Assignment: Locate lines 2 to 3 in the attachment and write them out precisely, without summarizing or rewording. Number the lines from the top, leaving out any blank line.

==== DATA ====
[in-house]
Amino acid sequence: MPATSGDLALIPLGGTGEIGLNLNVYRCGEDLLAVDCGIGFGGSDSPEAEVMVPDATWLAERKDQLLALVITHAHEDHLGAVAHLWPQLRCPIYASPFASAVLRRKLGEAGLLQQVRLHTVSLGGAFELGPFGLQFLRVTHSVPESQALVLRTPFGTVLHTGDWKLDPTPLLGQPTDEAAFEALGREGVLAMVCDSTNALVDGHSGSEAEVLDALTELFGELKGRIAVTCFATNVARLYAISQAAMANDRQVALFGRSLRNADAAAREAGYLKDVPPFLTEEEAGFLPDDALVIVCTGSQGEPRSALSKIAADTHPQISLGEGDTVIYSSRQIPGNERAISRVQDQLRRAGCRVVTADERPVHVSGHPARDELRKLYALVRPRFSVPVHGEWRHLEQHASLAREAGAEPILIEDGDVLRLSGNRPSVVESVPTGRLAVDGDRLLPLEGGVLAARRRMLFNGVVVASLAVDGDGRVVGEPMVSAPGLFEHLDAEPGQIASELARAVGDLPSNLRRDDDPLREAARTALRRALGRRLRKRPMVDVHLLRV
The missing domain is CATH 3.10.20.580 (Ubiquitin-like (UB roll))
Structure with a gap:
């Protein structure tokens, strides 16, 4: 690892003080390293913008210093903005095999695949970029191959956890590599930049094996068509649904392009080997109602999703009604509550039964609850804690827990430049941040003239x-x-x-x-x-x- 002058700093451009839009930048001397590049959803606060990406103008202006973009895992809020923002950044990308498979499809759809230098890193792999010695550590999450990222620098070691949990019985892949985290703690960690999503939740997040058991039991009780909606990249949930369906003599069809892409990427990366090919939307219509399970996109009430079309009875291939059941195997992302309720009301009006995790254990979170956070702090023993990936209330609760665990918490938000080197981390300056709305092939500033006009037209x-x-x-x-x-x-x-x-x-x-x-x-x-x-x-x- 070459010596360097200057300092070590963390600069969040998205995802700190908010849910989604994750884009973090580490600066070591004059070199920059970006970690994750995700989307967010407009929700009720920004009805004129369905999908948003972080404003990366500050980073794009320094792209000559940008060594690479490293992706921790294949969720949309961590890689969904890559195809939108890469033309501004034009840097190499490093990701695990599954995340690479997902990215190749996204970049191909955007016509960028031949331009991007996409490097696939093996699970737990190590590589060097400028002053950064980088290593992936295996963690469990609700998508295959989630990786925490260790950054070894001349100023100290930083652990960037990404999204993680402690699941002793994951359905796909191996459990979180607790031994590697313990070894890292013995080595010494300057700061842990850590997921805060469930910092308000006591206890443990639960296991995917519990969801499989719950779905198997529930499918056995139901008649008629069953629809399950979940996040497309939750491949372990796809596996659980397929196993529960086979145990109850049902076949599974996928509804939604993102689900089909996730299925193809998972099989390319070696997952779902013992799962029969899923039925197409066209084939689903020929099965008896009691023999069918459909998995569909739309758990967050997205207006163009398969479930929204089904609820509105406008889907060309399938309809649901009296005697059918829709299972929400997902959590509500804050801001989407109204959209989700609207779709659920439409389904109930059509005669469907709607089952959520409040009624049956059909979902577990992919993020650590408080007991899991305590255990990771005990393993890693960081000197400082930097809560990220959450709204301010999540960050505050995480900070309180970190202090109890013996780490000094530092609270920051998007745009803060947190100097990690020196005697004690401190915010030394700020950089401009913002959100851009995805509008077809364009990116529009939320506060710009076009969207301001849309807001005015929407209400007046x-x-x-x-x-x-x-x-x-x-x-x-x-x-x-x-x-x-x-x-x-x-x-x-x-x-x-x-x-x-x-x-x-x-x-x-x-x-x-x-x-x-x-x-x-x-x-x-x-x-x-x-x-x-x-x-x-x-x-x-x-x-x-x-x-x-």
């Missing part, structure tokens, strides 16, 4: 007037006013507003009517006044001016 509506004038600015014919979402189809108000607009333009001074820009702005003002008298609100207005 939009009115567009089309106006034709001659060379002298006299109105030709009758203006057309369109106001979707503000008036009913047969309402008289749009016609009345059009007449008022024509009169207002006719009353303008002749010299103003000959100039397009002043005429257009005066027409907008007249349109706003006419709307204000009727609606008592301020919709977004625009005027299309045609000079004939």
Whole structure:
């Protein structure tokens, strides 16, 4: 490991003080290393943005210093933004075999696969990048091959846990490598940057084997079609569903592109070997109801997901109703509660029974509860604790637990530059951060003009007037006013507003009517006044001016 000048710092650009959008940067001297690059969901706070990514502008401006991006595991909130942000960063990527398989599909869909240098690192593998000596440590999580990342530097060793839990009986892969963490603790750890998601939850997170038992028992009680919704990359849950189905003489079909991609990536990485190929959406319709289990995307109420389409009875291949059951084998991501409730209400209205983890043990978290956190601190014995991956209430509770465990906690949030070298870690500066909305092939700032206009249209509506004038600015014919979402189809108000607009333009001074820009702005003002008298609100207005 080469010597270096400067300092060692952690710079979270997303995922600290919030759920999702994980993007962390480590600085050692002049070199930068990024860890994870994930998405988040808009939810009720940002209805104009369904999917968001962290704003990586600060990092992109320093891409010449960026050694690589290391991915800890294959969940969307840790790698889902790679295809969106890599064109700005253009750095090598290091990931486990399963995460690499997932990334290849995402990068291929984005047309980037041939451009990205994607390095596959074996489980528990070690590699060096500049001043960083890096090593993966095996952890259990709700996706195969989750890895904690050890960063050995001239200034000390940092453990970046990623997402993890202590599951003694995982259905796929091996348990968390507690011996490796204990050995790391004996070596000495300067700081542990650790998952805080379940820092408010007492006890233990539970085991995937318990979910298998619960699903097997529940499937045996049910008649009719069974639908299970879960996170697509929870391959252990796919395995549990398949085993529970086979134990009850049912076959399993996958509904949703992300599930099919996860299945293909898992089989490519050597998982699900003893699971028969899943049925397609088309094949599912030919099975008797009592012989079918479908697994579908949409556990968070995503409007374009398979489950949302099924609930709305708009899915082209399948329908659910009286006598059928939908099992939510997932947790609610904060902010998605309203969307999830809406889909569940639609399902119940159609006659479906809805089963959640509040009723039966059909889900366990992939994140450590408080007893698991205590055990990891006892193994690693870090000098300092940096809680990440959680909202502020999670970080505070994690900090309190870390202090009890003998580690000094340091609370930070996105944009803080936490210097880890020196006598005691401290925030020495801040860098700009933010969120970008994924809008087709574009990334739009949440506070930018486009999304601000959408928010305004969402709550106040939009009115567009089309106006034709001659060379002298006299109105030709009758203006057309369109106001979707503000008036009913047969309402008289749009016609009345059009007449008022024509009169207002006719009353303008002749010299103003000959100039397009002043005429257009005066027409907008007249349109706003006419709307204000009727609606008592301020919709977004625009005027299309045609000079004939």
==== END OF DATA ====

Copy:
Amino acid sequence: MPATSGDLALIPLGGTGEIGLNLNVYRCGEDLLAVDCGIGFGGSDSPEAEVMVPDATWLAERKDQLLALVITHAHEDHLGAVAHLWPQLRCPIYASPFASAVLRRKLGEAGLLQQVRLHTVSLGGAFELGPFGLQFLRVTHSVPESQALVLRTPFGTVLHTGDWKLDPTPLLGQPTDEAAFEALGREGVLAMVCDSTNALVDGHSGSEAEVLDALTELFGELKGRIAVTCFATNVARLYAISQAAMANDRQVALFGRSLRNADAAAREAGYLKDVPPFLTEEEAGFLPDDALVIVCTGSQGEPRSALSKIAADTHPQISLGEGDTVIYSSRQIPGNERAISRVQDQLRRAGCRVVTADERPVHVSGHPARDELRKLYALVRPRFSVPVHGEWRHLEQHASLAREAGAEPILIEDGDVLRLSGNRPSVVESVPTGRLAVDGDRLLPLEGGVLAARRRMLFNGVVVASLAVDGDGRVVGEPMVSAPGLFEHLDAEPGQIASELARAVGDLPSNLRRDDDPLREAARTALRRALGRRLRKRPMVDVHLLRV
The missing domain is CATH 3.10.20.580 (Ubiquitin-like (UB roll))